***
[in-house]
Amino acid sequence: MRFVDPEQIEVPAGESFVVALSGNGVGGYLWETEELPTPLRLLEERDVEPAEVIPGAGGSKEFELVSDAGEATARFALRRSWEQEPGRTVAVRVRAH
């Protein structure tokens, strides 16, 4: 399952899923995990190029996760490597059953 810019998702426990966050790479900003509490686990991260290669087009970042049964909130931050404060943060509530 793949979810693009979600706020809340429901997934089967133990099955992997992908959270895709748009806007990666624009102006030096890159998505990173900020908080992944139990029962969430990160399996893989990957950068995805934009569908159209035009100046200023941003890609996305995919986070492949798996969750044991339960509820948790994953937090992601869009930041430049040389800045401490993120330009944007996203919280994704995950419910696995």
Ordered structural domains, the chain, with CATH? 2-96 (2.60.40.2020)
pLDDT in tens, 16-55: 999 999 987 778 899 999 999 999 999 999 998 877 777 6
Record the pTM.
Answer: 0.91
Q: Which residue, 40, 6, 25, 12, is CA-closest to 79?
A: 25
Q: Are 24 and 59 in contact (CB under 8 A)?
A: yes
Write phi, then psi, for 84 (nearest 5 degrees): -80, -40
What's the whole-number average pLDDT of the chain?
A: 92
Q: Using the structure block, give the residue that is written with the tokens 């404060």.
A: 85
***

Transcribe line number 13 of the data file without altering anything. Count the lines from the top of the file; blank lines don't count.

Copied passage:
What's the whole-number average pLDDT of the chain?